The Boundaries Of Transgender Rights

Nov 28th, 2020 | By | Category: Featured Issues, Politics & Current Events

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When it comes to gender issues in Western Civilization, confusion reigns supreme.   Arguably, the next dimension of the postmodern sexual revolution, indeed the next civil rights movement, is the transgender one.   Kay Steinmetz of Time magazine writes, “Transgender people—those who identify with a gender other than the sex they were ‘assigned at birth,’ to use the preferred phrase among trans activists—are emerging from the margins to fight for an equal place in society.”  Indeed, Congress is considering legislation deemed “The Equality Act,” which would ban “discrimination on the basis of sex, gender identity and sexual orientation.”  As The Economist reports, “The problem is that parts of the bill appear to put the needs of transgender people above those of women.  This is because the act redefines ‘sex’ in title IX and other amendments of the Civil Rights Act to include ‘gender identity’ rather than making transgenderism a protected category of its own.  Its definition of ‘gender identity’ is fuzzy and appears to downplay the reality of sex, listing as it does, ‘gender-related identity, appearance, mannerisms, or other gender-related characteristics of an individual, regardless of the individuals’ designated sex and birth.’”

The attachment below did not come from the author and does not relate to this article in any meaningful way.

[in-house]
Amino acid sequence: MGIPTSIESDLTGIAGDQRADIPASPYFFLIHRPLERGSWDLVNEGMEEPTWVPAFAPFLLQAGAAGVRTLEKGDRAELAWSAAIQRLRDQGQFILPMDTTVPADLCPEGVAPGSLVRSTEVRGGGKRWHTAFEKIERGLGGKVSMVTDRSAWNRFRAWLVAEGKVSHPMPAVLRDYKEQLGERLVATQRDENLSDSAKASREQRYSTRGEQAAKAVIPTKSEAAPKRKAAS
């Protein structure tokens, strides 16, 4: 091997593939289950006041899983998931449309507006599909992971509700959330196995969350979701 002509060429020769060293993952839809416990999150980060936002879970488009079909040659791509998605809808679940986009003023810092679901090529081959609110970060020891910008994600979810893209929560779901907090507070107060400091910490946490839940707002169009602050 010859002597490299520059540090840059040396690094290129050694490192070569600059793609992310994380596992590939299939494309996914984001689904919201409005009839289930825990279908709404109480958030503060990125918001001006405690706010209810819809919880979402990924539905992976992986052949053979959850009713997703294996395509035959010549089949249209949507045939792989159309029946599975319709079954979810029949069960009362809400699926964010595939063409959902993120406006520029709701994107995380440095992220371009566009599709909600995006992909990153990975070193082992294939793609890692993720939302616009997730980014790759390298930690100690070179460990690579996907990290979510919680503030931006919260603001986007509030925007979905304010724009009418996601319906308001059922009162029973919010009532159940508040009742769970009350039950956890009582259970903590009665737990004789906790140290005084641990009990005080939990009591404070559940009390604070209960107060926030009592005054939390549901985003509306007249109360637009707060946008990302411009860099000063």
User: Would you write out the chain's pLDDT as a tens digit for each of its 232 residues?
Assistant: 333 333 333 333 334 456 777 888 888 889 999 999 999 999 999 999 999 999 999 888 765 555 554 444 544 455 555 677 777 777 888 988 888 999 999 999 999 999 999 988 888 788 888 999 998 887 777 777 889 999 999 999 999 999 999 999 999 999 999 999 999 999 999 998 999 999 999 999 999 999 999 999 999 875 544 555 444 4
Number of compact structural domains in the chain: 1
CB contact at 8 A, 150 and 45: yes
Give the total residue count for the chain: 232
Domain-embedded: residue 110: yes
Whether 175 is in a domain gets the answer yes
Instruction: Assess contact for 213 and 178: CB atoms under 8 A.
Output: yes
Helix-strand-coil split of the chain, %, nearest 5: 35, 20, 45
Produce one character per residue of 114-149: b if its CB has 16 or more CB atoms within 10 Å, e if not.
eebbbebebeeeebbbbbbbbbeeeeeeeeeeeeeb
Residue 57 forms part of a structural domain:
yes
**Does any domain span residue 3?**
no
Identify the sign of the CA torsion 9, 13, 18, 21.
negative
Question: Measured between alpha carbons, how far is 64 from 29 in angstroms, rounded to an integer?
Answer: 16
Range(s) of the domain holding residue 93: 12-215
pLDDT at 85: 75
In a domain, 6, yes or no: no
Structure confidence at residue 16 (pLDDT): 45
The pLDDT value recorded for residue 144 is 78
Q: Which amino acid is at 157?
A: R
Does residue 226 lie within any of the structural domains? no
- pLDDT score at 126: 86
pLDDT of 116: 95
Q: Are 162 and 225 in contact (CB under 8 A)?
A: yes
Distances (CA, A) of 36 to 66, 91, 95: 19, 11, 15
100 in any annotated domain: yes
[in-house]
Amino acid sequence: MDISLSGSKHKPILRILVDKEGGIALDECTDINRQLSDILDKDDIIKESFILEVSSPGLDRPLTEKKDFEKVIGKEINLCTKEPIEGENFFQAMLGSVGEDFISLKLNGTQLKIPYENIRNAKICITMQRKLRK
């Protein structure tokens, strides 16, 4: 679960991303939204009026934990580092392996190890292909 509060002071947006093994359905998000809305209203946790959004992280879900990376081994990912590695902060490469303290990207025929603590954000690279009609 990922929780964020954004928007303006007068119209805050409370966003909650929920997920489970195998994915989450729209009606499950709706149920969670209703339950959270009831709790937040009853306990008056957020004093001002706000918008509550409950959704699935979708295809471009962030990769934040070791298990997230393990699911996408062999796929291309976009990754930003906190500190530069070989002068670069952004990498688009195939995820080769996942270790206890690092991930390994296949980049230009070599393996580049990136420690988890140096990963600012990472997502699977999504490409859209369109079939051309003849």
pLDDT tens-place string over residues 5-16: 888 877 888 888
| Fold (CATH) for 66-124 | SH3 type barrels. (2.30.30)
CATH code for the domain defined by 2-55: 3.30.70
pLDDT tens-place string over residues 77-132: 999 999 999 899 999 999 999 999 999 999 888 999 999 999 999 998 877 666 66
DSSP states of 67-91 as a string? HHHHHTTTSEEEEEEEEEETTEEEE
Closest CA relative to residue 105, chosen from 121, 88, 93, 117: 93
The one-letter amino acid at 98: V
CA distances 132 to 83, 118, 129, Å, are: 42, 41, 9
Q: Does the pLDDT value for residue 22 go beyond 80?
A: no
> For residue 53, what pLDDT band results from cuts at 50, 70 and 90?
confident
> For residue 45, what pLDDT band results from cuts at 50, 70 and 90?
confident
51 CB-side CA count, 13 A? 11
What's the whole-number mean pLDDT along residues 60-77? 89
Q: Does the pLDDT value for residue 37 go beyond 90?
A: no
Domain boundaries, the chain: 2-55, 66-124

The Equality Act would also require female sports teams to include transgender players and this “fight for equality” would necessarily  involve international sports competition.  [Trans women have been successful in weightlifting, cycling and athletics.]  However, according to The Economist, “On October 9th World Rugby, the global governing body for rugby union, announced that it would bar transgender women—people born male, but who identify as women—from playing in the international women’s game.”  This decision put World Rugby at odds with the International Olympic Committee (IOC), whose rules since 2004 allow trans women to compete in women’s Olympic events, and with other sports organizations that have followed the IOC.   [Several prominent female athletes, including Martina Navratilova, a tennis player, and three British Olympians, have urged the IOC to reconsider their decision.  Their arguments are particularly acute in America, where, in at least two cases, they have ended up in court.]  Why did World Rugby go against the cultural tide in international sports and ban trans women?  There are two primary reasons:

  1. World Rugby gathered scientists, ethicists, athletes and lawyers together for their input and counsel.  Each presented evidence about the issue of trans women in women’s sport.  All of the proceedings were made public.  The evidence presented conformed “what every day experience suggests.  Most males are bigger, faster and stronger than most females; some males are bigger, faster or stronger than any female.”